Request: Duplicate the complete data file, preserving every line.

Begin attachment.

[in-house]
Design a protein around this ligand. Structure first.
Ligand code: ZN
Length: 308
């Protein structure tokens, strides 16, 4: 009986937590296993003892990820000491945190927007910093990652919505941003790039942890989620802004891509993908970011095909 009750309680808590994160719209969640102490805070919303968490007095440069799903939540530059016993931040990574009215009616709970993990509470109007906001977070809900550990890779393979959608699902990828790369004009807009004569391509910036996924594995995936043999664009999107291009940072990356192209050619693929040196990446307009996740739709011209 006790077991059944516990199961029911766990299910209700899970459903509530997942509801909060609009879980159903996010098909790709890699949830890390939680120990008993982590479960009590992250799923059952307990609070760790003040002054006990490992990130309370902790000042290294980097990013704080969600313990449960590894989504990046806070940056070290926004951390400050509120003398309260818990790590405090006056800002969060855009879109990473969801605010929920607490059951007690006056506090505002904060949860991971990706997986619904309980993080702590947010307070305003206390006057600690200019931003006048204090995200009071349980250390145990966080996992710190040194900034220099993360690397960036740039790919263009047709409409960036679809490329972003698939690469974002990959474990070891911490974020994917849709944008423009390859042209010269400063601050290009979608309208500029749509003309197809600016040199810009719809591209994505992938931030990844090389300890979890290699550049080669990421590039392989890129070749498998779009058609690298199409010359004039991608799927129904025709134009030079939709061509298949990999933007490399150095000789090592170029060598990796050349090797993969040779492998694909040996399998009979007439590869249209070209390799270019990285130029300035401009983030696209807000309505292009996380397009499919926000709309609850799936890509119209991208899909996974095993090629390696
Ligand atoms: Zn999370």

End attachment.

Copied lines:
[in-house]
Design a protein around this ligand. Structure first.
Ligand code: ZN
Length: 308
């Protein structure tokens, strides 16, 4: 009986937590296993003892990820000491945190927007910093990652919505941003790039942890989620802004891509993908970011095909 009750309680808590994160719209969640102490805070919303968490007095440069799903939540530059016993931040990574009215009616709970993990509470109007906001977070809900550990890779393979959608699902990828790369004009807009004569391509910036996924594995995936043999664009999107291009940072990356192209050619693929040196990446307009996740739709011209 006790077991059944516990199961029911766990299910209700899970459903509530997942509801909060609009879980159903996010098909790709890699949830890390939680120990008993982590479960009590992250799923059952307990609070760790003040002054006990490992990130309370902790000042290294980097990013704080969600313990449960590894989504990046806070940056070290926004951390400050509120003398309260818990790590405090006056800002969060855009879109990473969801605010929920607490059951007690006056506090505002904060949860991971990706997986619904309980993080702590947010307070305003206390006057600690200019931003006048204090995200009071349980250390145990966080996992710190040194900034220099993360690397960036740039790919263009047709409409960036679809490329972003698939690469974002990959474990070891911490974020994917849709944008423009390859042209010269400063601050290009979608309208500029749509003309197809600016040199810009719809591209994505992938931030990844090389300890979890290699550049080669990421590039392989890129070749498998779009058609690298199409010359004039991608799927129904025709134009030079939709061509298949990999933007490399150095000789090592170029060598990796050349090797993969040779492998694909040996399998009979007439590869249209070209390799270019990285130029300035401009983030696209807000309505292009996380397009499919926000709309609850799936890509119209991208899909996974095993090629390696
Ligand atoms: Zn999370």